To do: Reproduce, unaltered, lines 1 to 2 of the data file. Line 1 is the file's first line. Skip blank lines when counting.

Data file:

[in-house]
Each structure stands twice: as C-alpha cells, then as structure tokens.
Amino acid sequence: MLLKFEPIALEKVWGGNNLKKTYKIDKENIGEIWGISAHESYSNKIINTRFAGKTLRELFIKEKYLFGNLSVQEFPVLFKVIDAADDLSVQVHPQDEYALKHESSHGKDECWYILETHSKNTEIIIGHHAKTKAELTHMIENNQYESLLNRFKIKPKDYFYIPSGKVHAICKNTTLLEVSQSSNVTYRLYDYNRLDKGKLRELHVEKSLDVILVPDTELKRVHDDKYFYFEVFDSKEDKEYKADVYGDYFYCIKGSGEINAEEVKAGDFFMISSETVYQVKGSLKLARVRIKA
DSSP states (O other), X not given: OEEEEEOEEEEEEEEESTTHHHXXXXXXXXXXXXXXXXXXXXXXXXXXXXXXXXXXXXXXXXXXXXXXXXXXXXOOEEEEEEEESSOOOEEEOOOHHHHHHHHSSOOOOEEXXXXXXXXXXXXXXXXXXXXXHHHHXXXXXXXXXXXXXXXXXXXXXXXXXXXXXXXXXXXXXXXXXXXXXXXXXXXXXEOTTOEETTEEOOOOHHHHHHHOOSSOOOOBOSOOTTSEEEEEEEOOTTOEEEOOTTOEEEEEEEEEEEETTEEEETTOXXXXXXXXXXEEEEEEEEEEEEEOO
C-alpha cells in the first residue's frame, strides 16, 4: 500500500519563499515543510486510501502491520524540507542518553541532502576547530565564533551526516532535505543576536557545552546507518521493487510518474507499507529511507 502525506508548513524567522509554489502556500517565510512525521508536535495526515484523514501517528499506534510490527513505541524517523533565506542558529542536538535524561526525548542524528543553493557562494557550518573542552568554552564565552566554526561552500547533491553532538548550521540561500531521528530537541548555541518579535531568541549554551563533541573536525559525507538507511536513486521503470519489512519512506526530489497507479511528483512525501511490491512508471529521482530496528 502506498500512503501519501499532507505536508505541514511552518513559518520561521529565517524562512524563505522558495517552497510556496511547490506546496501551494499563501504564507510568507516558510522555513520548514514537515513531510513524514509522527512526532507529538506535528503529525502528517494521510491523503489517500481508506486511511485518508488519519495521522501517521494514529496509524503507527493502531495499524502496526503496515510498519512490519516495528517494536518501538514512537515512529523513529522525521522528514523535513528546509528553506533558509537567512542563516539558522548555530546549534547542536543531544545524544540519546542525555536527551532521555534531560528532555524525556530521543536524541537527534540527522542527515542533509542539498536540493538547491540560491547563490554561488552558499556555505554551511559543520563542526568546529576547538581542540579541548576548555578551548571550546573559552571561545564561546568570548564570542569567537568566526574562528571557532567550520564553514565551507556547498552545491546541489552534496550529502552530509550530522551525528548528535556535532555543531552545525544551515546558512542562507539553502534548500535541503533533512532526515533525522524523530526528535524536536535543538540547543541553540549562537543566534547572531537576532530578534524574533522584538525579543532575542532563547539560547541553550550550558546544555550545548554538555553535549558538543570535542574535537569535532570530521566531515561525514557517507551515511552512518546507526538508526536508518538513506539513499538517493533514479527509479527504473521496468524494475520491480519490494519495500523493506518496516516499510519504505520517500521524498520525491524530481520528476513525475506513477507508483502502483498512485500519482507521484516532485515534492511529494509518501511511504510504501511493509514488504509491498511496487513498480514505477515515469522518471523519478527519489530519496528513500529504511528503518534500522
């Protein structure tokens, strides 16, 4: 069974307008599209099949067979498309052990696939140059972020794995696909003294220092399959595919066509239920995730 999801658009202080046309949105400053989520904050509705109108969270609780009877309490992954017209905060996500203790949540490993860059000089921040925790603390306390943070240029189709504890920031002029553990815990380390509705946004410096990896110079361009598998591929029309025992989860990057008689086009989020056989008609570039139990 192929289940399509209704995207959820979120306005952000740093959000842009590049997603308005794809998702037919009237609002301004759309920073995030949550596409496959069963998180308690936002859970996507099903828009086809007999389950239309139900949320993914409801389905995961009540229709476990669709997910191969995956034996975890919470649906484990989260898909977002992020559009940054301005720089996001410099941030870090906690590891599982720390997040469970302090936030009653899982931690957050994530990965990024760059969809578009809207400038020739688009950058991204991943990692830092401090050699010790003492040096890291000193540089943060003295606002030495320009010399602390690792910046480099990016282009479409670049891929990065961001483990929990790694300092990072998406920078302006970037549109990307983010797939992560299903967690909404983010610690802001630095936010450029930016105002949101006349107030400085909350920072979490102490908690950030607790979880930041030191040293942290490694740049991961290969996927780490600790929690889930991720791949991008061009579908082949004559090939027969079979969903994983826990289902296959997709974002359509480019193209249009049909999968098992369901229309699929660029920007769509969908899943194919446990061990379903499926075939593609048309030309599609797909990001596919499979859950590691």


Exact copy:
[in-house]
Each structure stands twice: as C-alpha cells, then as structure tokens.